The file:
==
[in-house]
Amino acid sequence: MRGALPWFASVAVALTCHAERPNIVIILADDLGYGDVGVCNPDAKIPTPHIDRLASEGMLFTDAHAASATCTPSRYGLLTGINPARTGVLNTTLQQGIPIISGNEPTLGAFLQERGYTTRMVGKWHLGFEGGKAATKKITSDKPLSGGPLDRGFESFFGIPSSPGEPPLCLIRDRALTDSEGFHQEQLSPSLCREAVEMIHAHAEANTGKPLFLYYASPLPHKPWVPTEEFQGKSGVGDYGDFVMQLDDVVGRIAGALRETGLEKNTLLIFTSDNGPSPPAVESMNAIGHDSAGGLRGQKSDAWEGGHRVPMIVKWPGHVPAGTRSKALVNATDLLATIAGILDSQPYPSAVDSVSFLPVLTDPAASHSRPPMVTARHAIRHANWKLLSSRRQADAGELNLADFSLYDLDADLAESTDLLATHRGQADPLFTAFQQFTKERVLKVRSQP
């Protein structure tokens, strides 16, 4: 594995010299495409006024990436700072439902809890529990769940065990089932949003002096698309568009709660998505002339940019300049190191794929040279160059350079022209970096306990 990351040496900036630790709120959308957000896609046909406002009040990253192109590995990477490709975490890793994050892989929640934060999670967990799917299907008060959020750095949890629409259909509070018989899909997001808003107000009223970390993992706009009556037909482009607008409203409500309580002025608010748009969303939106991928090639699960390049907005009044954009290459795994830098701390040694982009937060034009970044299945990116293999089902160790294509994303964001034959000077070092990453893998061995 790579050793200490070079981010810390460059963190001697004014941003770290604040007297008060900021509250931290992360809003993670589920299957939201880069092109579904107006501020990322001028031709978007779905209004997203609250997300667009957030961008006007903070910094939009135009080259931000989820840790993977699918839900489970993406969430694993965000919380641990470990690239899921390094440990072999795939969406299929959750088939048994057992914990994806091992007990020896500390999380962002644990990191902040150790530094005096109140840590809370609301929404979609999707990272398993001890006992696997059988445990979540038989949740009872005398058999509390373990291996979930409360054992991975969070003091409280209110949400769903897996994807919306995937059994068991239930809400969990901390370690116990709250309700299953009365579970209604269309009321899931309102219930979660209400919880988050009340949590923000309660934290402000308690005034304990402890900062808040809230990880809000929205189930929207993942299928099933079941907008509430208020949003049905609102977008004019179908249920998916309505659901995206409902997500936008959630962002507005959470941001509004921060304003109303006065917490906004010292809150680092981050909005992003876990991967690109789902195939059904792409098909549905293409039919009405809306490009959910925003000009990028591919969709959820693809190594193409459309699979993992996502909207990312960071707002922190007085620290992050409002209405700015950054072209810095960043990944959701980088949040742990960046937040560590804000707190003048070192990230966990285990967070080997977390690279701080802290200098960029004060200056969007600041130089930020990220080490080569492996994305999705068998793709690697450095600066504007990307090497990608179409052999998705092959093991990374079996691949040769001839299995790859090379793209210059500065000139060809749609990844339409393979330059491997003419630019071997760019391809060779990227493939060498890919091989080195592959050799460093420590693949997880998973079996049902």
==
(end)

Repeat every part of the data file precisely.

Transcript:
[in-house]
Amino acid sequence: MRGALPWFASVAVALTCHAERPNIVIILADDLGYGDVGVCNPDAKIPTPHIDRLASEGMLFTDAHAASATCTPSRYGLLTGINPARTGVLNTTLQQGIPIISGNEPTLGAFLQERGYTTRMVGKWHLGFEGGKAATKKITSDKPLSGGPLDRGFESFFGIPSSPGEPPLCLIRDRALTDSEGFHQEQLSPSLCREAVEMIHAHAEANTGKPLFLYYASPLPHKPWVPTEEFQGKSGVGDYGDFVMQLDDVVGRIAGALRETGLEKNTLLIFTSDNGPSPPAVESMNAIGHDSAGGLRGQKSDAWEGGHRVPMIVKWPGHVPAGTRSKALVNATDLLATIAGILDSQPYPSAVDSVSFLPVLTDPAASHSRPPMVTARHAIRHANWKLLSSRRQADAGELNLADFSLYDLDADLAESTDLLATHRGQADPLFTAFQQFTKERVLKVRSQP
């Protein structure tokens, strides 16, 4: 594995010299495409006024990436700072439902809890529990769940065990089932949003002096698309568009709660998505002339940019300049190191794929040279160059350079022209970096306990 990351040496900036630790709120959308957000896609046909406002009040990253192109590995990477490709975490890793994050892989929640934060999670967990799917299907008060959020750095949890629409259909509070018989899909997001808003107000009223970390993992706009009556037909482009607008409203409500309580002025608010748009969303939106991928090639699960390049907005009044954009290459795994830098701390040694982009937060034009970044299945990116293999089902160790294509994303964001034959000077070092990453893998061995 790579050793200490070079981010810390460059963190001697004014941003770290604040007297008060900021509250931290992360809003993670589920299957939201880069092109579904107006501020990322001028031709978007779905209004997203609250997300667009957030961008006007903070910094939009135009080259931000989820840790993977699918839900489970993406969430694993965000919380641990470990690239899921390094440990072999795939969406299929959750088939048994057992914990994806091992007990020896500390999380962002644990990191902040150790530094005096109140840590809370609301929404979609999707990272398993001890006992696997059988445990979540038989949740009872005398058999509390373990291996979930409360054992991975969070003091409280209110949400769903897996994807919306995937059994068991239930809400969990901390370690116990709250309700299953009365579970209604269309009321899931309102219930979660209400919880988050009340949590923000309660934290402000308690005034304990402890900062808040809230990880809000929205189930929207993942299928099933079941907008509430208020949003049905609102977008004019179908249920998916309505659901995206409902997500936008959630962002507005959470941001509004921060304003109303006065917490906004010292809150680092981050909005992003876990991967690109789902195939059904792409098909549905293409039919009405809306490009959910925003000009990028591919969709959820693809190594193409459309699979993992996502909207990312960071707002922190007085620290992050409002209405700015950054072209810095960043990944959701980088949040742990960046937040560590804000707190003048070192990230966990285990967070080997977390690279701080802290200098960029004060200056969007600041130089930020990220080490080569492996994305999705068998793709690697450095600066504007990307090497990608179409052999998705092959093991990374079996691949040769001839299995790859090379793209210059500065000139060809749609990844339409393979330059491997003419630019071997760019391809060779990227493939060498890919091989080195592959050799460093420590693949997880998973079996049902």